Lessons from the kitchens at Le Corbusier's Unité d’Habitation in Marseille.
There has been much debate on this site about the virtues of open vs. closed and separate kitchens, with this TreeHugger coming down firmly on the side of the closed kitchen, with the Frankfurt Kitchen designed by Margarete Schütte-Lihotzky being the prototype, the "clean machine" for cooking.
Le Corbusier asked her to take charge of designing the kitchens and apartment furnishings for L’Unité d’Habitation. Le Corbusier had declared, “The kitchen in Marseille should become the center of French family life,” and Perriand ensured that it also heralded a new, liberated role for women.
Unlike the Frankfurt kitchen, which was totally separated, the Perriand design had a low wall of cabinets, accessible from either side, which gave some visual privacy but didn't cut the kitchen off completely.
The Frankfurt Kitchen was designed to be a machine. Paul Overy described it: "Rather than the social centre of the house as it had been in the past, this was designed as a functional space where certain actions vital to the health and wellbeing of the household were performed as quickly and efficiently as possible." Perriand's kitchen is different, as Kaplan explains:
Perriand also designed a “kitchen-bar,” providing integration with the living areas. As she wrote, this open counter with its sliding doors for dishes below “allowed the mistress of the house to be with her family and friends while she was cooking. Gone were the days when a woman was isolated like a slave at the northern end of a corridor.”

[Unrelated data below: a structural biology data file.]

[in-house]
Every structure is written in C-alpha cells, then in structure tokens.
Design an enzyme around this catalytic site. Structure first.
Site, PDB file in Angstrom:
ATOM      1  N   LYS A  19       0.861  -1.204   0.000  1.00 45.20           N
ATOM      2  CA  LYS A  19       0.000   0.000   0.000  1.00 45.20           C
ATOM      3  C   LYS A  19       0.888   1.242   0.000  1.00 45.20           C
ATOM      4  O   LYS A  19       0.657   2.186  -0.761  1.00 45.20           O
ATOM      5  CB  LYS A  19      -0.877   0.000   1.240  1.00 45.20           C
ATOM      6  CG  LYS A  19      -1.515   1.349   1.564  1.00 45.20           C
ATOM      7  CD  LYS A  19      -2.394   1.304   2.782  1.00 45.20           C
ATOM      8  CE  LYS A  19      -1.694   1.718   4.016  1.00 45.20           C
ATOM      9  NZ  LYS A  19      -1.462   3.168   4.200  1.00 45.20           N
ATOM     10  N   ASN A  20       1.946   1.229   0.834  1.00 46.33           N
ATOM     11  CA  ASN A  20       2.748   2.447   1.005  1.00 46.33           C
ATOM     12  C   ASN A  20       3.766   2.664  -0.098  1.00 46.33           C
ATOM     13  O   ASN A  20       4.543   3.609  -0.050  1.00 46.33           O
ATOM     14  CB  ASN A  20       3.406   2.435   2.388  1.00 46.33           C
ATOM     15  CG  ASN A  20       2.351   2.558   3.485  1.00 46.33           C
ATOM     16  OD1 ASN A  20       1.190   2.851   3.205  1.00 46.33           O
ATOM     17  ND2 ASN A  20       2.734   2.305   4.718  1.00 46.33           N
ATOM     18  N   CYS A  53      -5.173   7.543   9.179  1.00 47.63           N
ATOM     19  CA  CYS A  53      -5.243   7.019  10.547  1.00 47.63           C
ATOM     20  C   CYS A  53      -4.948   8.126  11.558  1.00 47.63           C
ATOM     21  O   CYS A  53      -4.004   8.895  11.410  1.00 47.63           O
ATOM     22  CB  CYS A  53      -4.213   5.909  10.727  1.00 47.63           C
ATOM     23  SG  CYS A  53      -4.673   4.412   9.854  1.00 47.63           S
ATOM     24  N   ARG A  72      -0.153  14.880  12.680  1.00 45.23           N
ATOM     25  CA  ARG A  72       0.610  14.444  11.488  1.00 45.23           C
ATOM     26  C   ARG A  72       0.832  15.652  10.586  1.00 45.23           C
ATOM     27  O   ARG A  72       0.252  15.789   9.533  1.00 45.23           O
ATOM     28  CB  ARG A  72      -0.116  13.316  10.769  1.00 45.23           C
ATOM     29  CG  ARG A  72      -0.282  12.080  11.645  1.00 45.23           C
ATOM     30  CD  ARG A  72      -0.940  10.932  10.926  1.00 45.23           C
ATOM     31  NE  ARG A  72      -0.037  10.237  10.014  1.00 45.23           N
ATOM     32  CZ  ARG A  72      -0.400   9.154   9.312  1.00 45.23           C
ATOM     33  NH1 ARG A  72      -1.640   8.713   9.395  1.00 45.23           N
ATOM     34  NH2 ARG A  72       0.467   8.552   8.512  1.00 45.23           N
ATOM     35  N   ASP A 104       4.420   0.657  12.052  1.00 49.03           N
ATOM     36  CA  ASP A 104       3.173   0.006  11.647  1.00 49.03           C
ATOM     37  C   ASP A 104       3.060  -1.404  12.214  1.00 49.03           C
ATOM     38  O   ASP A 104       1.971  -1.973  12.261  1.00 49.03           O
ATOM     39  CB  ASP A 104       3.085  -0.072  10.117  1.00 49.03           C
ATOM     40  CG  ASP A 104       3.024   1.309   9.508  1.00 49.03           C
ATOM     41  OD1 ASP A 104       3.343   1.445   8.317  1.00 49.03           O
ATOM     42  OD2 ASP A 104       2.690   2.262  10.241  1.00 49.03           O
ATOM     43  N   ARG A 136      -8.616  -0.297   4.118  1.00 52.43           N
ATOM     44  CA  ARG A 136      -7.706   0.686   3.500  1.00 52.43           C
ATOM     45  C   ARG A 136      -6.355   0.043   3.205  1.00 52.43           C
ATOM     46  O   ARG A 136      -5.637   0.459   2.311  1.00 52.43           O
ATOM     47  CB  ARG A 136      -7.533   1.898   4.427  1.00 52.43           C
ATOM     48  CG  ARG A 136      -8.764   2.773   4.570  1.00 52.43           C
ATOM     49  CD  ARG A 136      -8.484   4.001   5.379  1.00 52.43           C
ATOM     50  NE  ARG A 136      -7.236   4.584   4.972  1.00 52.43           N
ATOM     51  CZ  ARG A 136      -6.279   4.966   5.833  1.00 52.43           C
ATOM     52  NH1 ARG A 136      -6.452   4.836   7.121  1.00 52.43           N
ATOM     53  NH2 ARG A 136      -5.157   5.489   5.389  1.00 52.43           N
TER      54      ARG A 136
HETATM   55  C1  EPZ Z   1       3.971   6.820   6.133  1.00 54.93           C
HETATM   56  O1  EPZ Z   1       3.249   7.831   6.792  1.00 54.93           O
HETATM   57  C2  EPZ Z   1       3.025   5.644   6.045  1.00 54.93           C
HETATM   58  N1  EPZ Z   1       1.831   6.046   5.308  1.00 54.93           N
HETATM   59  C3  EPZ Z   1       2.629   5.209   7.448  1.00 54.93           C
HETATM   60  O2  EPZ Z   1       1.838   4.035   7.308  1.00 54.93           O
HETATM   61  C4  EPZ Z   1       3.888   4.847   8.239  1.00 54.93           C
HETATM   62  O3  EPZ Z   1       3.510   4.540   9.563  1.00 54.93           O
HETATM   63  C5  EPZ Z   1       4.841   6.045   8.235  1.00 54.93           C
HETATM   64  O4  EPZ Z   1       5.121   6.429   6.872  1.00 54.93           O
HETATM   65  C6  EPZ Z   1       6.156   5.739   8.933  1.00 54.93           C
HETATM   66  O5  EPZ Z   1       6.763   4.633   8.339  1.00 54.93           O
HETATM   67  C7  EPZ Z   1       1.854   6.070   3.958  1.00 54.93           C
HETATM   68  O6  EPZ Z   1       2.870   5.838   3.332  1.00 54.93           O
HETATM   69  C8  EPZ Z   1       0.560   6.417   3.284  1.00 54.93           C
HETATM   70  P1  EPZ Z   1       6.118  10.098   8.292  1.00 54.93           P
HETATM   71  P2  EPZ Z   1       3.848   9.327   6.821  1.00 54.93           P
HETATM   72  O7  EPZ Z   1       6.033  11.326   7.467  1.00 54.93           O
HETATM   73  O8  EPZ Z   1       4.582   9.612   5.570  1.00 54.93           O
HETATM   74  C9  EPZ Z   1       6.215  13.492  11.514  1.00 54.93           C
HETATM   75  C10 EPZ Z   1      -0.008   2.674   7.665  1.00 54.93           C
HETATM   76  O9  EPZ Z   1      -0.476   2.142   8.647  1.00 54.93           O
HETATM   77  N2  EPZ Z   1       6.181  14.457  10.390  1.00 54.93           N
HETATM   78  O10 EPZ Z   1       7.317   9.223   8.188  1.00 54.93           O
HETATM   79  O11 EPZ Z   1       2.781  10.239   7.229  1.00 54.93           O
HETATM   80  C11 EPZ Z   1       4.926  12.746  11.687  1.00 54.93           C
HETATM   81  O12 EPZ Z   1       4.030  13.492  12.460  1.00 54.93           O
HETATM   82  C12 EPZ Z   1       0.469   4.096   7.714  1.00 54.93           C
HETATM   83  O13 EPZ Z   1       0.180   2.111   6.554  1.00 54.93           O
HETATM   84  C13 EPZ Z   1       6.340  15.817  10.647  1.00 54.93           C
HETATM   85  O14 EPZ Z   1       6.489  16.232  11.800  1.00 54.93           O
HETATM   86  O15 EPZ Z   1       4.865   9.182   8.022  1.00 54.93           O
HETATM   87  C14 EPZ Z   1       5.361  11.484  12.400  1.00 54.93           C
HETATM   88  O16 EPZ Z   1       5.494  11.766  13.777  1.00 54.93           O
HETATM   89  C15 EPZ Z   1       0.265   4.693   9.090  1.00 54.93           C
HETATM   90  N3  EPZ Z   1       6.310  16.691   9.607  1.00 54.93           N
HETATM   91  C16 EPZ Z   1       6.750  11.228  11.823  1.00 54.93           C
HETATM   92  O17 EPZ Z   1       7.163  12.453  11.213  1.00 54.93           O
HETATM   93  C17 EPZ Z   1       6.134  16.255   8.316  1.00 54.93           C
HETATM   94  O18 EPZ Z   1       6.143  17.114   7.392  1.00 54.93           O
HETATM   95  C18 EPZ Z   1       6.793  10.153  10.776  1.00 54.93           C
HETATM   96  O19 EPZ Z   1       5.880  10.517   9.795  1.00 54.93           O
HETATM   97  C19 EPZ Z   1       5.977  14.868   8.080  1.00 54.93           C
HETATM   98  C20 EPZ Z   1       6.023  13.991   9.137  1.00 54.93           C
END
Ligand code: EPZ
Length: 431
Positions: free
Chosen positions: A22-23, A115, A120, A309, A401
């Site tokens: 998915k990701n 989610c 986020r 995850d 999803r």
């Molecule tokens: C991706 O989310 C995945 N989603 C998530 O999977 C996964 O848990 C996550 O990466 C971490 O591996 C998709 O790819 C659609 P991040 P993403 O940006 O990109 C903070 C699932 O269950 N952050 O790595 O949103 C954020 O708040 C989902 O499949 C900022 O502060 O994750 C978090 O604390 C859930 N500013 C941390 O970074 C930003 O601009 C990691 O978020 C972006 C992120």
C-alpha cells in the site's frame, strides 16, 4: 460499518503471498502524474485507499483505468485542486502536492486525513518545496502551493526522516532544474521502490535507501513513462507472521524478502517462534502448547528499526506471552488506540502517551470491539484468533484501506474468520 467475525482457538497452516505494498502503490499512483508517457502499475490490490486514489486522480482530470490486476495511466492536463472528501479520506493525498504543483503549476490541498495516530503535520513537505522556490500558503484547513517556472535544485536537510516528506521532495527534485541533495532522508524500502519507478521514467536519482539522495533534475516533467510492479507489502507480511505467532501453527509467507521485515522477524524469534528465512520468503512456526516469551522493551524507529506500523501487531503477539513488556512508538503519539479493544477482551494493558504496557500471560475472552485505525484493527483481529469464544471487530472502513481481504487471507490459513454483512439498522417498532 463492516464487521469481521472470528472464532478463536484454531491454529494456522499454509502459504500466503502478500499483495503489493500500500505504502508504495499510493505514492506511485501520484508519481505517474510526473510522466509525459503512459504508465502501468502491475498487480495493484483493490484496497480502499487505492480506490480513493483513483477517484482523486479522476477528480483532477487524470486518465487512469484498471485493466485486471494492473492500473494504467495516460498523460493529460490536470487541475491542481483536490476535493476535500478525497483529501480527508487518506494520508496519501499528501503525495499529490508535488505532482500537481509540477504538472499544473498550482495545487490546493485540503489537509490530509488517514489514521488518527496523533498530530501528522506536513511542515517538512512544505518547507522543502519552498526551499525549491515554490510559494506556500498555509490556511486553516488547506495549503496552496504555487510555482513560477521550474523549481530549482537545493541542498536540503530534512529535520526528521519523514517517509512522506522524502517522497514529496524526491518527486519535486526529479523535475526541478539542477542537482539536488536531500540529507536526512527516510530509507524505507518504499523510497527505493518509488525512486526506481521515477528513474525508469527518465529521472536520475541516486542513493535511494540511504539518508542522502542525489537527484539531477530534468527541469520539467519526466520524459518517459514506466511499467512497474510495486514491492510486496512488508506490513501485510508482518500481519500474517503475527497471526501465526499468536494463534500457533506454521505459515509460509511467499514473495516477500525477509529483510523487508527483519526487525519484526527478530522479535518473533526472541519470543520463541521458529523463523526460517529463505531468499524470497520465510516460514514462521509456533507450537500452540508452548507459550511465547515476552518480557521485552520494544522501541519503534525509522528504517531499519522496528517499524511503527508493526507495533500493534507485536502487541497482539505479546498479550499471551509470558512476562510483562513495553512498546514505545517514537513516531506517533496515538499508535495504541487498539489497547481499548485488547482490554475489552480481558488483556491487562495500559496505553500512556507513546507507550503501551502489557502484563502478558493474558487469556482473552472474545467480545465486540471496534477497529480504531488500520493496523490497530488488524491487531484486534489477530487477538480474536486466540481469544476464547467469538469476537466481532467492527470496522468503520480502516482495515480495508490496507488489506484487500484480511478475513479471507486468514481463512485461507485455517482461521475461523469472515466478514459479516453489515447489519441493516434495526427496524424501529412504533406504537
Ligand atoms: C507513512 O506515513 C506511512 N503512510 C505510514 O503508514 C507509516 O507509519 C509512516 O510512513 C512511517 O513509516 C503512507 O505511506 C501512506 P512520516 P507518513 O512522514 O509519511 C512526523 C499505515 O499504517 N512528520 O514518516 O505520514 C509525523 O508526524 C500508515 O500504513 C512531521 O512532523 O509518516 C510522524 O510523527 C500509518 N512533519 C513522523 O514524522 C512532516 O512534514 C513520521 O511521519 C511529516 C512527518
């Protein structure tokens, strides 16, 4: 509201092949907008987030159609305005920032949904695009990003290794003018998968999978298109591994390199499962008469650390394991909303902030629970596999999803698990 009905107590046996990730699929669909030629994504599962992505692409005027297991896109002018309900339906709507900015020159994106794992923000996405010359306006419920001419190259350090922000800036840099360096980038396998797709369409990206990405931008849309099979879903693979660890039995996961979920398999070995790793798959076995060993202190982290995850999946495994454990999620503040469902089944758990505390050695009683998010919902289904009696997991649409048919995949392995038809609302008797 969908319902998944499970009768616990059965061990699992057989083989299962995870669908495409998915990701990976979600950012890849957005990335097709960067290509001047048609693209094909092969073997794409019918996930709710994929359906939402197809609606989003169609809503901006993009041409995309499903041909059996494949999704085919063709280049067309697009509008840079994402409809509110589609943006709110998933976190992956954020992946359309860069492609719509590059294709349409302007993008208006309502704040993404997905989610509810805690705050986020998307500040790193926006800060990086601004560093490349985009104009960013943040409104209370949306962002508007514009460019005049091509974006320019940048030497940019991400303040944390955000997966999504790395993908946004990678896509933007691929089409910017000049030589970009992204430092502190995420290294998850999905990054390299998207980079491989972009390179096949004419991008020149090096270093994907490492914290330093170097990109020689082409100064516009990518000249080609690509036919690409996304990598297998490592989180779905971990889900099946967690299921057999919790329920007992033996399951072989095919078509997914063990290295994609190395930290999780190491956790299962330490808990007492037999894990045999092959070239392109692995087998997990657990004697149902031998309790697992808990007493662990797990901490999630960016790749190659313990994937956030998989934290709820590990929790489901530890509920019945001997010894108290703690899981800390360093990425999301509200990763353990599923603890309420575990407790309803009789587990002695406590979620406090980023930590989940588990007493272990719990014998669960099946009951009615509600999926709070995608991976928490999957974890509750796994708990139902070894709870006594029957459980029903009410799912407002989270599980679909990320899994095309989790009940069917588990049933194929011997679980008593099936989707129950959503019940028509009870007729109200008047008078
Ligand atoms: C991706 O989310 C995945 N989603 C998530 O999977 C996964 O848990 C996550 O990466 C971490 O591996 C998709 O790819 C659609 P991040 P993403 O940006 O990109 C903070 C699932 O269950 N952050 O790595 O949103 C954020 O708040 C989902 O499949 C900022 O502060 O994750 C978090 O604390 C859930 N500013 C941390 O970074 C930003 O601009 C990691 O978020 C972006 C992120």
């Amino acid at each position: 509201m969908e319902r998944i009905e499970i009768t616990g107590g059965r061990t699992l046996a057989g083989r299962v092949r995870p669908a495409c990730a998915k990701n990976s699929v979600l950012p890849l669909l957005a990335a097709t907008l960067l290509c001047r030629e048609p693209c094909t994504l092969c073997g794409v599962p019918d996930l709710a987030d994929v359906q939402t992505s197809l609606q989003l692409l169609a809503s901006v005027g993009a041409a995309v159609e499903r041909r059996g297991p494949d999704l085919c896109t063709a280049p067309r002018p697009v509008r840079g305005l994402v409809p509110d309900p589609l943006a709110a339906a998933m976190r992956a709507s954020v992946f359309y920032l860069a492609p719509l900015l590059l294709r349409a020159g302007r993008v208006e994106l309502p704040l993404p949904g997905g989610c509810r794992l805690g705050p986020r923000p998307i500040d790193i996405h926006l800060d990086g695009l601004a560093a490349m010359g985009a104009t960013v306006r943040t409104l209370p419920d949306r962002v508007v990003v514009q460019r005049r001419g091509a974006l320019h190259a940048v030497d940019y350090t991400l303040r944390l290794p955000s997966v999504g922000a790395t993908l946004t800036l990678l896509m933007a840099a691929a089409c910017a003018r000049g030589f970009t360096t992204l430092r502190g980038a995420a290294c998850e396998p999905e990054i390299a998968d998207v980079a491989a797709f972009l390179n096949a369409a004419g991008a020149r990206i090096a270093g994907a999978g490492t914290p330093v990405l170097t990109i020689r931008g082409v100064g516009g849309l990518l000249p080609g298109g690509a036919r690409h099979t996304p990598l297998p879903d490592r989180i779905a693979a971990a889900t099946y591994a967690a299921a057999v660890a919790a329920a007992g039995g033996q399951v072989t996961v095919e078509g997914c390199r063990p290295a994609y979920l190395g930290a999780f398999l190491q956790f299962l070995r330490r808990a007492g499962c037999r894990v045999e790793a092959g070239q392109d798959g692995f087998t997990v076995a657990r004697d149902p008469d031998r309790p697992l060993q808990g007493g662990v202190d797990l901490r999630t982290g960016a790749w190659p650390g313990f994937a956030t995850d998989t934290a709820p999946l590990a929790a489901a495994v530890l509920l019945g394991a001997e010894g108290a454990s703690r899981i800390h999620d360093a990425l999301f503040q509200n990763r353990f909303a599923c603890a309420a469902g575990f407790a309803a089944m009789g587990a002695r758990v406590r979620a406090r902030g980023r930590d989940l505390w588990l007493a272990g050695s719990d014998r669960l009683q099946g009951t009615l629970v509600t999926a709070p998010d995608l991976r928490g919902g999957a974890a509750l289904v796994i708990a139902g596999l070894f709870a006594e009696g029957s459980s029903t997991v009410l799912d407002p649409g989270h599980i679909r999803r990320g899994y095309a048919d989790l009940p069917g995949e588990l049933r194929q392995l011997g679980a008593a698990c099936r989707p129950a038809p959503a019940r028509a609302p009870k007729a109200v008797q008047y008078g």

Here you can see Dominique, describing how the kitchen works, yet separated from the hordes of architects by the dividing kitchen-bar.
Note the sloping section where the pots are stored; that covers the kitchen exhaust, which is quite large, sized to really clear the air over the electric stove. Kaplan explains:
Based on ideas for a modern, labor-saving kitchen—developed by household reformers since the late 19th century—Perriand’s design took them further. The kitchen was modular, with built-in cabinets and advanced features for the time: an electric stove with an oven and fume hood, and a sink with an integrated waste disposal unit. Because L’Unité was designed for a middle-class clientele, an electric refrigerator would have been too expensive. However, the icebox was strategically installed to be supplied with ice delivered daily through the “interior street.” Work surfaces and walls were covered with aluminum sheeting to facilitate cleaning.
There was also a grocery store on the third floor, so you could have that icebox on the interior street stocked with food for dinner. They don't do that anymore, so now Dominique has a refrigerator under the stairs across from the kitchen.
There are many lessons to be learned from this kitchen. It is small but efficient; separated but not enclosed; all-electric (very unusual at the time) with good ventilation; lots of carefully thought-out storage with a place for everything.
But what was most convincing was how Dominique could hold court, could talk to us, yet still claim the space as hers, in a kitchen that is not open but not quite closed. There was stuff all over her counters, but those on the outside can't see it because of the divider. It could be a messy kitchen, but nobody knows. It is perhaps the best of both worlds.